by David Moon
Amassing a fortune is difficult, but it is easier if you can figure out how to build an empire on free taxpayer money. Ask electric car guru Elon Musk. He owns 22 percent of Tesla, a $49 billion company—one that has received billions in government handouts.
Free money is a pretty nifty deal if you can get it.
Every business requires capital to organize, open and operate. Most investors who provide capital expect to receive a financial return on their investment. However, if a company can get capital from an “investor” who only seeks a social return, the intrinsic value of that free government money accrues to the owner of the company who receives it. Like Elon Musk.
To the people actually funding this type of capital handout—you and me—it is a transfer of money from mostly middle-class taxpayers to businesses and their organizers, including billionaires.
Tesla has been receiving direct payments of taxpayer cash and other payments for more than a decade, yet still hasn’t produced a penny of profit. Investors obviously (if not wisely) think Tesla is good risk; the company sold $2 billion worth of stock in May 2016 and raised another $1.2 billion in its recent stock and debt sale. If it still needs another $5 billion of outside investment to keep from closing its doors, Musk should fund it, not taxpayers. Forbes estimates he is worth $13 billion.
There is nothing virtuous about taking massive entrepreneurial risks with other people’s money.
It is immoral for a government to take money from taxpayers (or worse, borrow it on their behalf) to give it to a private business, especially when that business can compete in the public capital markets. If a real estate developer can’t make his numbers work without the injection of taxpayer funds, like Musk, he should dig into his own pocket and inject more equity into the project.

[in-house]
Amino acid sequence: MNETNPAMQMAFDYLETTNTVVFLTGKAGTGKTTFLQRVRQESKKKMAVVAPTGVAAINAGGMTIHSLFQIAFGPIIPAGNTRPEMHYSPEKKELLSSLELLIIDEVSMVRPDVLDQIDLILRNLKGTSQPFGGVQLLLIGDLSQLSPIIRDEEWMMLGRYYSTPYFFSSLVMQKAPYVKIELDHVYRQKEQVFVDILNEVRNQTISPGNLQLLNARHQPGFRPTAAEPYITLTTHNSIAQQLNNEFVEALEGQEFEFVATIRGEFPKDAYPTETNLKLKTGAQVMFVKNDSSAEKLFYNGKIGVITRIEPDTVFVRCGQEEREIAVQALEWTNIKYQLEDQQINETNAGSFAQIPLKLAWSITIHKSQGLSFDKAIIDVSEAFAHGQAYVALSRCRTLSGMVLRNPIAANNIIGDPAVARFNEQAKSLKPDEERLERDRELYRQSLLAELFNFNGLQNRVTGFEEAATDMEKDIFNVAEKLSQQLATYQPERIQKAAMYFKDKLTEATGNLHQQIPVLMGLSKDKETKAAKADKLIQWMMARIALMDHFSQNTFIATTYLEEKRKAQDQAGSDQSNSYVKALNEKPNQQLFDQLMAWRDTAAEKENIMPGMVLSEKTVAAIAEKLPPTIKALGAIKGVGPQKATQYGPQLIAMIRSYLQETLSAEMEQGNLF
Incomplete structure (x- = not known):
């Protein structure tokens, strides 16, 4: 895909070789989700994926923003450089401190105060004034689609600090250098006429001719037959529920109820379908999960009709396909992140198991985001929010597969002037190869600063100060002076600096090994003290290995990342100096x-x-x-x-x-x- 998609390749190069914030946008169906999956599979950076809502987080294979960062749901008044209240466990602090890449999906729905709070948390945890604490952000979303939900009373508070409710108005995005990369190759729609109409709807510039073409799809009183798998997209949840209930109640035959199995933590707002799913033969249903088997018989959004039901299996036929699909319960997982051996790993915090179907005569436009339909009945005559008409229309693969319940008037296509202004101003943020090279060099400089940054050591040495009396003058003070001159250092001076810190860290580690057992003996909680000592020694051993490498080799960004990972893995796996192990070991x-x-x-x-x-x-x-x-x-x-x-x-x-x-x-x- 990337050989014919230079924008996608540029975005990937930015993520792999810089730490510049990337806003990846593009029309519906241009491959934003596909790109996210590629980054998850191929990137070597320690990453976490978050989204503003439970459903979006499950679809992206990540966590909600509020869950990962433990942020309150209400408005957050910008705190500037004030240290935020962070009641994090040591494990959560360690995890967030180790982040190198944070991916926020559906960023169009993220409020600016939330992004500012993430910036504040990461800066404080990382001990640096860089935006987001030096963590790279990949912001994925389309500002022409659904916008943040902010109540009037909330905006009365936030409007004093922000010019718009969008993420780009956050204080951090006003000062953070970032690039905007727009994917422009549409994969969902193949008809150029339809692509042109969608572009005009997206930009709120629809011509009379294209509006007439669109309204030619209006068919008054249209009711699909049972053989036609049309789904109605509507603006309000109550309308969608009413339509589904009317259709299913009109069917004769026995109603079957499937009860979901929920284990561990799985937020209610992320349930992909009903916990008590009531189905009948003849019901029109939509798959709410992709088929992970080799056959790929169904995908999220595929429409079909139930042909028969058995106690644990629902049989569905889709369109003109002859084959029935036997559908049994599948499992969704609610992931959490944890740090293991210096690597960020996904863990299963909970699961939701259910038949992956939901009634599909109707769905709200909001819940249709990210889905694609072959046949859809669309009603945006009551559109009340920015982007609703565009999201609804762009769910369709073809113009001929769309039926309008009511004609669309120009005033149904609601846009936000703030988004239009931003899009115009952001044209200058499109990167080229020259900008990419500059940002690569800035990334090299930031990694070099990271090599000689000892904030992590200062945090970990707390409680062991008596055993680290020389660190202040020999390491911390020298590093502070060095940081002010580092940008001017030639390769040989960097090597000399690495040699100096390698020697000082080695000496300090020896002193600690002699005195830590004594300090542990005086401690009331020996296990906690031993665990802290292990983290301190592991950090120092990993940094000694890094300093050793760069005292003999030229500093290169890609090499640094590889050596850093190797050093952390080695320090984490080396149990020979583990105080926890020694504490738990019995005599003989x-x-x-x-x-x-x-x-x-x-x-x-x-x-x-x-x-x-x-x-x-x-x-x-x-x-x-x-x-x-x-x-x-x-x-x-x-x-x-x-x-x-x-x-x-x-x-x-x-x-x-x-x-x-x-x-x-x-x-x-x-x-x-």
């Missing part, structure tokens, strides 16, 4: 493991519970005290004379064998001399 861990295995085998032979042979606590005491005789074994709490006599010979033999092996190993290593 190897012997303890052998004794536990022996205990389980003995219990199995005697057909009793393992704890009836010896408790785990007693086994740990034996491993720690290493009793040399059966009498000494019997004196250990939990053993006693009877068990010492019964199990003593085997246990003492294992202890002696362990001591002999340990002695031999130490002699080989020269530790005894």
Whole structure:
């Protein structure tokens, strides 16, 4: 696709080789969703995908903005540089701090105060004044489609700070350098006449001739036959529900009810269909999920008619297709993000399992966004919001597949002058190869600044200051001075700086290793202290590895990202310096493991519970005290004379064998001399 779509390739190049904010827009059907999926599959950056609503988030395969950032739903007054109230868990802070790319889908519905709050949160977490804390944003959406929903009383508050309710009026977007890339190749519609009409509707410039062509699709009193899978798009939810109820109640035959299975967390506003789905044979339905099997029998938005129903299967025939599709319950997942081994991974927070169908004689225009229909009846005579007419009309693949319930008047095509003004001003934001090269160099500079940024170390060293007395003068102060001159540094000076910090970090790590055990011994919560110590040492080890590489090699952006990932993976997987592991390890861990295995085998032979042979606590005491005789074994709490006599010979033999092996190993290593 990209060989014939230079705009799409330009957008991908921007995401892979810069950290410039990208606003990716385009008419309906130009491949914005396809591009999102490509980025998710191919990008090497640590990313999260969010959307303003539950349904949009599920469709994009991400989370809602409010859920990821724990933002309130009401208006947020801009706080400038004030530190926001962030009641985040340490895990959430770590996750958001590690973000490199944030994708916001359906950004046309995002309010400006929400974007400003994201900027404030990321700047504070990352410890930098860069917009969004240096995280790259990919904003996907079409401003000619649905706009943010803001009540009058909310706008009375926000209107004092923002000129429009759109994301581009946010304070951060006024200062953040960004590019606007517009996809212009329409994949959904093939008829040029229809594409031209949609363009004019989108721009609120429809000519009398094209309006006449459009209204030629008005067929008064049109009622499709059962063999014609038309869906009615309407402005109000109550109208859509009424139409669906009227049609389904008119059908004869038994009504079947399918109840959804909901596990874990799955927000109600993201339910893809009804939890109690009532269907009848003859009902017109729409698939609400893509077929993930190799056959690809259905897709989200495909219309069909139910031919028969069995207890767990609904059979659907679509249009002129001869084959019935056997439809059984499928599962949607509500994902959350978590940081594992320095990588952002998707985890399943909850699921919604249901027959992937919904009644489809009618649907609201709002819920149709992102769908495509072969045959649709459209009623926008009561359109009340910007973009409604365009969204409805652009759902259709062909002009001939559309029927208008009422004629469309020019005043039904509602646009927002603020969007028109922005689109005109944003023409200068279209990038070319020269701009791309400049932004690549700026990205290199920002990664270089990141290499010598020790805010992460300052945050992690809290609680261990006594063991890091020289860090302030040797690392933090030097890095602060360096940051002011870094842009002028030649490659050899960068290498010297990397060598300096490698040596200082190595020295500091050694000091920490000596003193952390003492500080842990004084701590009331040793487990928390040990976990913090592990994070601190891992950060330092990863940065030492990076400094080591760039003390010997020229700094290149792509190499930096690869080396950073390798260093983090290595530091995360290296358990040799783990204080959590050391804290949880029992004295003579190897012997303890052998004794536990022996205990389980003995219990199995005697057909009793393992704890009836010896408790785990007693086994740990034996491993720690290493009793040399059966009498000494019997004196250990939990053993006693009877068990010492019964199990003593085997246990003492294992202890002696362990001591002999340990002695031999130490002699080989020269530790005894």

In 2000, Knoxville startup IdleAire sought to revolutionize the non-driving time that truckers spent in their vehicles, providing location-based air conditioning and other services that would have otherwise caused a driver to keeping his engine idling overnight. A large part of the company’s capital plan was to attract state and federal clean air grants. That is, free money. The company’s business model depended on it.
That taxpayer money was wasted. IdleAire filed for bankruptcy in 2008.
Private investors are often wrong about predicting the future viability of new technologies, but their batting average is repeatedly better than that of the government.
If a company’s business model requires government handouts to maintain viability, that business’s future depends on the largess of whoever controls the public coffers—and that is a vulnerable position for any company. Ask IdleAire.
David Moon is president of Moon Capital Management, a Knoxville-based investment management firm. This article originally appeared in the News Sentinel (Knoxville, TN)